- Summer Pruning – This removes leaves (which provide “food” for the tree), slows fruit ripening, and exposes fruit to sunburn. However, it’s a good time to cut out water sprouts without triggering excessive regrowth. If you’re not concerned about fruit yield, pruning in summer pruning can slow down the growth of overly vigorous trees or structurally prune a tree that has not been pruned in many years.
- Winter Pruning – This is usually the ideal time for serious pruning because the tree is dormant. Just don’t prune your trees when the temperature falls below 20° F – the extreme cold can cause dieback in pruned branches.
Pruning Fruit Trees in Winter
Fruit trees grow in concert with the year’s annual cycles. From their first spring flowers to their last dropped autumn leaf, trees respond to changes in temperature and hours of daily sunlight.
After the last fruit has been picked and the last leaf raked up, trees begin to enter dormancy. Dormant means “sleeping,” and that’s what your trees do until spring arrives.
What all fruit trees have in common is that the best time to prune them is during the dormant season, with late winter being ideal. Whether you’re pruning to shape the entire tree, to control its growth, or to encourage more fruiting, pruning during dormancy gives you the most benefits with the least risk of injury or damage. When leaves are off, you can better see a tree’s branching structure and make more precise cuts. And because insect pests and disease pathogens are not active during winter’s cold, dark months, your pruning cuts won’t leave your trees vulnerable to infestation.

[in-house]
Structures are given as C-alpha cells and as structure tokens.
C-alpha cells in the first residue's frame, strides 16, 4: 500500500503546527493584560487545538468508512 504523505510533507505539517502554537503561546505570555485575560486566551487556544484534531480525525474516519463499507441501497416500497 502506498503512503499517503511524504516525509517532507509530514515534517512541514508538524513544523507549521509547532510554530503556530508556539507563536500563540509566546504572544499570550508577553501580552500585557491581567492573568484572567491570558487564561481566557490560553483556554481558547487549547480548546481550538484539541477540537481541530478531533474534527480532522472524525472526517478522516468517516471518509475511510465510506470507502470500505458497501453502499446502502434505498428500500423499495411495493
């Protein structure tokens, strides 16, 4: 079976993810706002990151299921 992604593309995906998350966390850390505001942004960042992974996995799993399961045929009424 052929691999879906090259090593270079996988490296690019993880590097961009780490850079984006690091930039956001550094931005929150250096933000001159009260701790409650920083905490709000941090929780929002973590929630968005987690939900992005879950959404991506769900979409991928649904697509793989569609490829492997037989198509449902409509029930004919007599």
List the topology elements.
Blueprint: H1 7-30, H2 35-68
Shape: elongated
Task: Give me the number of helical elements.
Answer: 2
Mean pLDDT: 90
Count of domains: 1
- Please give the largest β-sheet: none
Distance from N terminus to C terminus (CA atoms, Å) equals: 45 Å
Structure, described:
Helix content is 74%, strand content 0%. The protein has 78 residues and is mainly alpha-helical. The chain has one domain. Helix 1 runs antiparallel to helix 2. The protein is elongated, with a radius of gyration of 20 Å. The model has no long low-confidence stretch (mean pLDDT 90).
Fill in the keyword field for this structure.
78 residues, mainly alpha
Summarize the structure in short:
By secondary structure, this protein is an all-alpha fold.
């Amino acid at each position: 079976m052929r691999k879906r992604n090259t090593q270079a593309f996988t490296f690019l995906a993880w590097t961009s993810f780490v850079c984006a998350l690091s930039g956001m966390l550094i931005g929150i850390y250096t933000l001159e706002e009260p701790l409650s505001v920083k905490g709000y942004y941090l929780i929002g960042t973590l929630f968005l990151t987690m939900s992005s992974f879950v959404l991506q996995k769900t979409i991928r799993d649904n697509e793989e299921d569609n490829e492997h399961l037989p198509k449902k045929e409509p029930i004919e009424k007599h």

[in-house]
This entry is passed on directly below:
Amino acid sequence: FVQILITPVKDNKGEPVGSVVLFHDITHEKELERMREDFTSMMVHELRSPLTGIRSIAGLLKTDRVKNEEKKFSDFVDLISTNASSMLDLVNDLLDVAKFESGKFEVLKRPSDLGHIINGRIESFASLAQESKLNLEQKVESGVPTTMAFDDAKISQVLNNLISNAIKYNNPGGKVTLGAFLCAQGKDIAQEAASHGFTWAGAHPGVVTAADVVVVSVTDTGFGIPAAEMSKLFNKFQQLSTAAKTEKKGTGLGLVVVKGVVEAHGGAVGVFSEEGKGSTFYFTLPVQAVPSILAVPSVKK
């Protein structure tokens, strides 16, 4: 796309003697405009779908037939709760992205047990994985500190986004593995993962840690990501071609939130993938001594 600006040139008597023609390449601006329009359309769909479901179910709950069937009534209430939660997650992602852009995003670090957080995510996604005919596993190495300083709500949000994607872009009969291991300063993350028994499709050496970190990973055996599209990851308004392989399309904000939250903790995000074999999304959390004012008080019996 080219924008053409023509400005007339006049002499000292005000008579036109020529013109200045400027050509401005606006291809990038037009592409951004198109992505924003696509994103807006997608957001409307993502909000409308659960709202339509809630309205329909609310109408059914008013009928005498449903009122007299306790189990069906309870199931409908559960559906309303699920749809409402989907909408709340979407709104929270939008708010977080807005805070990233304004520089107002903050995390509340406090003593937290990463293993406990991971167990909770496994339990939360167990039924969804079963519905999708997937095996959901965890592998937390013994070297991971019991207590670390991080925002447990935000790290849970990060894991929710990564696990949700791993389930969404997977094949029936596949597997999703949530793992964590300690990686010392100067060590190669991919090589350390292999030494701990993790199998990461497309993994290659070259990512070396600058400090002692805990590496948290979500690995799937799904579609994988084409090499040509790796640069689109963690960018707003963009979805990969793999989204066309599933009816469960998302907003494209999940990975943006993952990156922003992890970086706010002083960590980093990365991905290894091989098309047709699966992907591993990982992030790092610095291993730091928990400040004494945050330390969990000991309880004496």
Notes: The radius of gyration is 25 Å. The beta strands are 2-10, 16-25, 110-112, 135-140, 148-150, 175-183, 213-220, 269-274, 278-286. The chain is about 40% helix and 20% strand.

Winter, including late winter/early spring, is the ideal time to prune your fruit trees.
Curious? We’ve got more details about the benefits of winter pruning.
What to Prune
No matter what you’re cutting off, always remember this important rule about pruning: all pruning should be minimal, removing only what is required. One of the benefits of regular pruning over the course of a shrub’s or tree’s life is that the least amount of branches and foliage are removed each time. And what is removed is done with an eye to the overall shape and vigor of the plant.
Old Wood vs New Wood
Not all fruit trees have the same flowering and fruiting habits. Some fruit trees, such as apples, make flowers and fruit on what is called “old” wood. This refers to branch growth that developed during previous growing seasons. In contrast, trees that develop fruit on the current season’s growth are referred to as fruiting on“new” wood.
When pruning fruit trees, keep an eye out for the sometimes-subtle differences between old and new growth. To distinguish older wood from newer, look for a point along a twig where bark and buds change appearance:
- older, flowering buds will be in clusters on a wrinkled or compressed lateral stem
- new growth will have single buds emerging from the main stem